Lecturers' faces fatigue their students: Face identity aftereffects for dynamic and static faces

This source preferred by Peter Arabaci Hills

Authors: Laurence, S., Hole, G.J. and Hills, P.J.

Journal: Visual Cognition

Volume: 22

Pages: 1072-1083

Publisher: Routledge

This data was imported from Scopus:

Authors: Laurence, S., Hole, G.J. and Hills, P.J.

Journal: Visual Cognition

Volume: 22

Issue: 8

Pages: 1072-1083

eISSN: 1464-0716

ISSN: 1350-6285

DOI: 10.1080/13506285.2014.950364

© 2014, Taylor & Francis. Face adaptation has been used as a tool to probe our representations for facial identity. It has also been claimed to play a functional role in face processing, perhaps calibrating the visual system towards encountered faces. However, for this to be so, face aftereffects must be observable following adaptation to ecologically valid moving stimuli, not just after prolonged viewing of static images. We adapted our participants to videos, static image sequences or single images of the faces of lecturers who were personally familiar to them. All three stimulus types produced significant, and equivalent, face identity aftereffects, demonstrating that aftereffects are not confined to static images but can occur after exposure to more naturalistic stimuli. It is also further evidence against explanations of face adaptation effects solely in terms of low-level visual processing.

This data was imported from Scopus:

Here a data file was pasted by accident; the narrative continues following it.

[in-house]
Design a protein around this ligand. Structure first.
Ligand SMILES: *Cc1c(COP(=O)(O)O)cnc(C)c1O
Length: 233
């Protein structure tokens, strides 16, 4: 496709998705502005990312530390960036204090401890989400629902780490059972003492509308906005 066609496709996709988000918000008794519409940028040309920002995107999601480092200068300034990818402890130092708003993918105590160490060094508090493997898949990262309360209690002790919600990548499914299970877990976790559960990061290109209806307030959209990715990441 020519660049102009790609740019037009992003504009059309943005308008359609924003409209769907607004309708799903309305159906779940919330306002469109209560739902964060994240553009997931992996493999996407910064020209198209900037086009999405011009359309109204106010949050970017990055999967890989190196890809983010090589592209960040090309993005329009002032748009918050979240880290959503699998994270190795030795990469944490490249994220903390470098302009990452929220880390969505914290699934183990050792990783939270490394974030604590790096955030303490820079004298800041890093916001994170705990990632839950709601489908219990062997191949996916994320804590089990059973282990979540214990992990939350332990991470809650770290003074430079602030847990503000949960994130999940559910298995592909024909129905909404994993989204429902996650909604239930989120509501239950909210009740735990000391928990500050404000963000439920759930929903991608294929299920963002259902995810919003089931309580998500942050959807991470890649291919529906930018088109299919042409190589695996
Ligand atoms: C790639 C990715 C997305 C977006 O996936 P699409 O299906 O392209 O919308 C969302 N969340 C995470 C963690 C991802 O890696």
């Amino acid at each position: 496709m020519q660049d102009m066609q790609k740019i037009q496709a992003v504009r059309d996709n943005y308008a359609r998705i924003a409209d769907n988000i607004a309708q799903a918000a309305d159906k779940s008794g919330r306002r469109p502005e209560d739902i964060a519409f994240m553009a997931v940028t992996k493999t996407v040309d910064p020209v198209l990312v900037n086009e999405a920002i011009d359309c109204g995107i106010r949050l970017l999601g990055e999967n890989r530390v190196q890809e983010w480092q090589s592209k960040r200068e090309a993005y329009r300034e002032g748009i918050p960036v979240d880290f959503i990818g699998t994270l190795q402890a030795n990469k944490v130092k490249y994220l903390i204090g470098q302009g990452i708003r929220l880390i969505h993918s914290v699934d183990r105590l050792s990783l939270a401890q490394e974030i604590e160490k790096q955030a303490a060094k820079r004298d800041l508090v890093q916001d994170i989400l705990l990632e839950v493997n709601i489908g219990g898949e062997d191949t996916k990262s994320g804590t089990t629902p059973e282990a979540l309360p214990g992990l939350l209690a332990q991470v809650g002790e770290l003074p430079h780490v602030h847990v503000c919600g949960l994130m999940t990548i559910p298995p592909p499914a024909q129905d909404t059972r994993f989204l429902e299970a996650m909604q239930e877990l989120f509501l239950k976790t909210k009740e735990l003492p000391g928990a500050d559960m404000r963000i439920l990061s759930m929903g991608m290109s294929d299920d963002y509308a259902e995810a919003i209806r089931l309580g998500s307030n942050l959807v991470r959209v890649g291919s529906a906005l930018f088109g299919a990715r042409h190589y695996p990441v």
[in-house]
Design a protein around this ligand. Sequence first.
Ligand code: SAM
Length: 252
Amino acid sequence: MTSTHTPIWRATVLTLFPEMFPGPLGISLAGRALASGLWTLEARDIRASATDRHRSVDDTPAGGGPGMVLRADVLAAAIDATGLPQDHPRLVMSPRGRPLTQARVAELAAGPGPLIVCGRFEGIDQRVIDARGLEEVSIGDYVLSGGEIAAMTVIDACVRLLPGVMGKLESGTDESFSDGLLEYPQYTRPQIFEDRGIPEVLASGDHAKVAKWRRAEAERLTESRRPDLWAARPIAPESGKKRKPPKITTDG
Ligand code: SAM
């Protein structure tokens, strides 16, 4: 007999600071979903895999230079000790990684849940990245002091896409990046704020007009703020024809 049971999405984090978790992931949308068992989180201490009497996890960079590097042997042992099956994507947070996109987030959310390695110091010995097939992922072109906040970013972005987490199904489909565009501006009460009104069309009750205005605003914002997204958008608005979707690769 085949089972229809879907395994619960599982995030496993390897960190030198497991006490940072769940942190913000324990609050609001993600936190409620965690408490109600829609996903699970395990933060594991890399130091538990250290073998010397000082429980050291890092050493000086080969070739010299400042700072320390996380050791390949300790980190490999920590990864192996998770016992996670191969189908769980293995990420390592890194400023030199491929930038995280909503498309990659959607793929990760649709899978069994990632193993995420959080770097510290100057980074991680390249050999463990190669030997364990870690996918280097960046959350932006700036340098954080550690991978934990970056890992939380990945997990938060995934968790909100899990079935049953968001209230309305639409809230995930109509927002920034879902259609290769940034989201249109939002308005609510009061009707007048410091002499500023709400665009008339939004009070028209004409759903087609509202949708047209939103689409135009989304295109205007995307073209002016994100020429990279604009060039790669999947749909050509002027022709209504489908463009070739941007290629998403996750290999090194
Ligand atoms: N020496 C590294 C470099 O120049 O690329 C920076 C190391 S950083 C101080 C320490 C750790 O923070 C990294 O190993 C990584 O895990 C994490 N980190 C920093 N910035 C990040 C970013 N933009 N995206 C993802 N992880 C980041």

Authors: Laurence, S., Hole, G.J. and Hills, P.J.

Journal: Visual Cognition

eISSN: 1464-0716

ISSN: 1350-6285

DOI: 10.1080/13506285.2014.950364

Face adaptation has been used as a tool to probe our representations for facial identity. It has also been claimed to play a functional role in face processing, perhaps calibrating the visual system towards encountered faces. However, for this to be so, face aftereffects must be observable following adaptation to ecologically valid moving stimuli, not just after prolonged viewing of static images. We adapted our participants to videos, static image sequences or single images of the faces of lecturers who were personally familiar to them. All three stimulus types produced significant, and equivalent, face identity aftereffects, demonstrating that aftereffects are not confined to static images but can occur after exposure to more naturalistic stimuli. It is also further evidence against explanations of face adaptation effects solely in terms of low-level visual processing. © 2014 © 2014 Taylor & Francis.

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